COMOX (NEWS 1130) — Construction starts next year on a unique housing project for Vancouver Island seniors vulnerable to the devastating effects of pandemics like COVID-19.
Jane Murphy, the President and CEO of Providence Living, says the new long-term care home will go up at the former site of St. Joseph’s General Hospital and, once completed, The Views in Comox will be the first publicly-funded dementia village in B.C. –possibly in Canada.
“To provide a wonderful quality of life for the individuals that will live in this home, for their loved ones who will visit them and also for the staff who will assist them to live their lives,” she explains.
She says the model is based on a similar village in Europe with occupants having their own rooms and bathrooms.
“De Hogeweyk in the Netherlands where the residents who live there can engage in activities of daily living, meaningful to them, that bring comfort and joy to them. So really a wonderful opportunity to provide as much choice and autonomy for residents as possible.”
New long-term care home on #VancouverIsland may be 1st publicly-funded dementia village in #Canada. Providence Living CEO Jane Murphy tells @NEWS1130 The Views in #Comox already has an inclusive environment based on a successful model in the Netherlands. #seniors #health #bcpoli
— Marcella Bernardo (@Bernardo1130) June 15, 2020
At a time when a global pandemic is making everyone rethink how we care for the elderly, Murphy says the redevelopment of the existing care home in that location is already happening.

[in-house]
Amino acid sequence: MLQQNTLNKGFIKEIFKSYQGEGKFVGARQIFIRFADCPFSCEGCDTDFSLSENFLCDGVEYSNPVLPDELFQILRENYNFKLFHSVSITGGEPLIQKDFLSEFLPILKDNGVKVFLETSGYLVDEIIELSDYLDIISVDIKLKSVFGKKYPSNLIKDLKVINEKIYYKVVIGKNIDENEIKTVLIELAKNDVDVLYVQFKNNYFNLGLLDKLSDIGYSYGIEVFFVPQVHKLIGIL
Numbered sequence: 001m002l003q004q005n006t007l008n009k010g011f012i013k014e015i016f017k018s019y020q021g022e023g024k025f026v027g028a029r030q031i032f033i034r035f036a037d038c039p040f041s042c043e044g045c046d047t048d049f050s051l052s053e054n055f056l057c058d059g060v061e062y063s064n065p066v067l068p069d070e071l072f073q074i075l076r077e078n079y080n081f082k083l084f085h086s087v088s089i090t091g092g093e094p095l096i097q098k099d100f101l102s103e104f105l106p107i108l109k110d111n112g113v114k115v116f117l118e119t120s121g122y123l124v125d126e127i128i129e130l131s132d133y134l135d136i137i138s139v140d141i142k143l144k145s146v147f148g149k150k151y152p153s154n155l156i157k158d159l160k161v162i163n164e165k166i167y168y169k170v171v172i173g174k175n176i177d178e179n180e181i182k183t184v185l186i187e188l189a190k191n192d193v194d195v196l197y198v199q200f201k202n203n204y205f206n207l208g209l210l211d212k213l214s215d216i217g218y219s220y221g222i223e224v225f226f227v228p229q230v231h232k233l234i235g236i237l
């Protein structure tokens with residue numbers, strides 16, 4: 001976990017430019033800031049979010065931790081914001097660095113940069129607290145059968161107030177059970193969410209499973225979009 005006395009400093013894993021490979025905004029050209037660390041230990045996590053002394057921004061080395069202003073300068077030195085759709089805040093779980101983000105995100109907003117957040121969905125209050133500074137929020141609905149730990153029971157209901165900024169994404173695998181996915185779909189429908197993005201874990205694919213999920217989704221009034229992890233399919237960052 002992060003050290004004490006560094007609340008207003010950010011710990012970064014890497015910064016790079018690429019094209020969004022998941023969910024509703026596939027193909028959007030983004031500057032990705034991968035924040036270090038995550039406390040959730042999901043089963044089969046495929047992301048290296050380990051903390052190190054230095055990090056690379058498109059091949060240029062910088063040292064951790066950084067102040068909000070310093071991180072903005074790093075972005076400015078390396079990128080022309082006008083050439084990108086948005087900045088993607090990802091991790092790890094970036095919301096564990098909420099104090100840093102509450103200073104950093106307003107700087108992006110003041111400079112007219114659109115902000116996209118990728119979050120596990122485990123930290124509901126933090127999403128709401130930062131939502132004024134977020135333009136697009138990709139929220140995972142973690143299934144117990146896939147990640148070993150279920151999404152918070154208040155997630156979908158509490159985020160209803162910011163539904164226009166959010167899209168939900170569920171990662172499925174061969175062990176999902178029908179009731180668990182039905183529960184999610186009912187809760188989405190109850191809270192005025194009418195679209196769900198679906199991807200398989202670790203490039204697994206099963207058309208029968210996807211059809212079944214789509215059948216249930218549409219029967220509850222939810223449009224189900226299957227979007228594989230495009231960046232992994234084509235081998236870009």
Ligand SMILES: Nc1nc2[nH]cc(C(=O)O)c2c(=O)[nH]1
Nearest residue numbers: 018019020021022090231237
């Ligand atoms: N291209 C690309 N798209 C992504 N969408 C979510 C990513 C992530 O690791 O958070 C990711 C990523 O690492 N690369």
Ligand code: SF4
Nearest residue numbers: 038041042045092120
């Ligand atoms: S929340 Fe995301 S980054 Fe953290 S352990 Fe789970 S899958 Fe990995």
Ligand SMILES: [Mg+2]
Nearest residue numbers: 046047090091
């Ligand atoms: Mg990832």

“Including supporting window visits and music concerts that are outside, but residents are inside, so they can enjoy those. We also have some of the amenities you would see in the dementia village, such as a children’s daycare onsite, our thrift shop that will be opening next week. There’s really a sense of a bustling, thriving community of which our residents are a part of.”
She explains now more than ever, this type of housing is needed, so seniors will have safe access to the outdoors, community gardens, a bistro, and even a chapel.
“The physical design and also, the approach to care. Both of those have the ability to reduce the risk of infection which we’ve learned from COVID-19 is important.”
When it opens in three or four years, Murphy says this dementia village will be home to to 156 people and the Island Health Authority will cover most funding.
“However, we will be looking for support from the community in a variety of ways and we’ll be reaching out in due course and we’re very fortunate to have had a very generous community in the Comox Valley and elsewhere that have expressed interest in this project and we will be looking for their support.”
Murphy adds, to date, no cases of COVID-19 have been recorded at The Views or any other long-term care homes on Vancouver Island and she hopes some programs –which had to be suspended because of the virus– can safely resume soon.
That includes one involving children regularly engaging with seniors during the school year.